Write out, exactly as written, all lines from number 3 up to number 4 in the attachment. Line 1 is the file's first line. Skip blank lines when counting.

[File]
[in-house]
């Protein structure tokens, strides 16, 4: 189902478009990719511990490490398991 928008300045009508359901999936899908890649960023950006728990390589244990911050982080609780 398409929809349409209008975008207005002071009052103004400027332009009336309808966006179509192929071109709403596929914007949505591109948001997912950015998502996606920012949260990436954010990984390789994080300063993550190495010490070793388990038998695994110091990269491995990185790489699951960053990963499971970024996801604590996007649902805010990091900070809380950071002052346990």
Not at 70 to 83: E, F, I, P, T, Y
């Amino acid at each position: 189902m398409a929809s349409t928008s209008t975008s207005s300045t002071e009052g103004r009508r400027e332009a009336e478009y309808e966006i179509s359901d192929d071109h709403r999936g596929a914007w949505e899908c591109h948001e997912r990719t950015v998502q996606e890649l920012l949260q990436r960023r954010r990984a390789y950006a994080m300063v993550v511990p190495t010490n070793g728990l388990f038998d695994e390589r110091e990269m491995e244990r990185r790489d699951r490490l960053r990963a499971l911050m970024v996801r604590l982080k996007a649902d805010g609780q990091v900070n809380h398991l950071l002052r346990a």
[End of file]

Not at 70 to 83: E, F, I, P, T, Y
């Amino acid at each position: 189902m398409a929809s349409t928008s209008t975008s207005s300045t002071e009052g103004r009508r400027e332009a009336e478009y309808e966006i179509s359901d192929d071109h709403r999936g596929a914007w949505e899908c591109h948001e997912r990719t950015v998502q996606e890649l920012l949260q990436r960023r954010r990984a390789y950006a994080m300063v993550v511990p190495t010490n070793g728990l388990f038998d695994e390589r110091e990269m491995e244990r990185r790489d699951r490490l960053r990963a499971l911050m970024v996801r604590l982080k996007a649902d805010g609780q990091v900070n809380h398991l950071l002052r346990a």